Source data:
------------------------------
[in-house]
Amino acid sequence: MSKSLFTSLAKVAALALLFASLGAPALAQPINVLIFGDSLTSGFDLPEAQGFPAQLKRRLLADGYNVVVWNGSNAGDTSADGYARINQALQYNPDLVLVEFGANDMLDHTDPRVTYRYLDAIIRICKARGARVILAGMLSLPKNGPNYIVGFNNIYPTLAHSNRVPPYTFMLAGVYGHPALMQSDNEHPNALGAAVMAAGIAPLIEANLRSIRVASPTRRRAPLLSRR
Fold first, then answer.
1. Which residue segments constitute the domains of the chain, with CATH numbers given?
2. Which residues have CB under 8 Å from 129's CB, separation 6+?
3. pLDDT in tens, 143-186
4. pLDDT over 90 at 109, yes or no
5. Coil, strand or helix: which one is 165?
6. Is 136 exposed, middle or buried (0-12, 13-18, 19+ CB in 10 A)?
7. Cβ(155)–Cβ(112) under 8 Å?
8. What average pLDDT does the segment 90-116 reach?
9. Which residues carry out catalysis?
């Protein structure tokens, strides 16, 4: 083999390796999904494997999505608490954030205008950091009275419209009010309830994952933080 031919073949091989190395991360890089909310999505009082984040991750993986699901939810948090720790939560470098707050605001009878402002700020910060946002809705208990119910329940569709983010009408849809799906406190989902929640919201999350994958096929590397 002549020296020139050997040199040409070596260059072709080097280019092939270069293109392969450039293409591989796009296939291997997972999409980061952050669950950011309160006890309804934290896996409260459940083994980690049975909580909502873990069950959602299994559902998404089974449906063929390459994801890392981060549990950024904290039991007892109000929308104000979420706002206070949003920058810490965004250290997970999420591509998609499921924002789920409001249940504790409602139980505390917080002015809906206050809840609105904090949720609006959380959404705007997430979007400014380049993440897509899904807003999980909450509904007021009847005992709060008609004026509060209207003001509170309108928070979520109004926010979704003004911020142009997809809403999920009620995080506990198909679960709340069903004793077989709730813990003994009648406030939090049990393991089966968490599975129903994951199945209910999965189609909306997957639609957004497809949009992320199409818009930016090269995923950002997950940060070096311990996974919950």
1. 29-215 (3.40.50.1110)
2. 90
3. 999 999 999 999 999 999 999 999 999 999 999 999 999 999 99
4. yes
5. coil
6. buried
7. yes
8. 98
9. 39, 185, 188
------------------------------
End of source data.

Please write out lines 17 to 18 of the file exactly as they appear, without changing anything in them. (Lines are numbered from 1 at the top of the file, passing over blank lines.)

4. yes
5. coil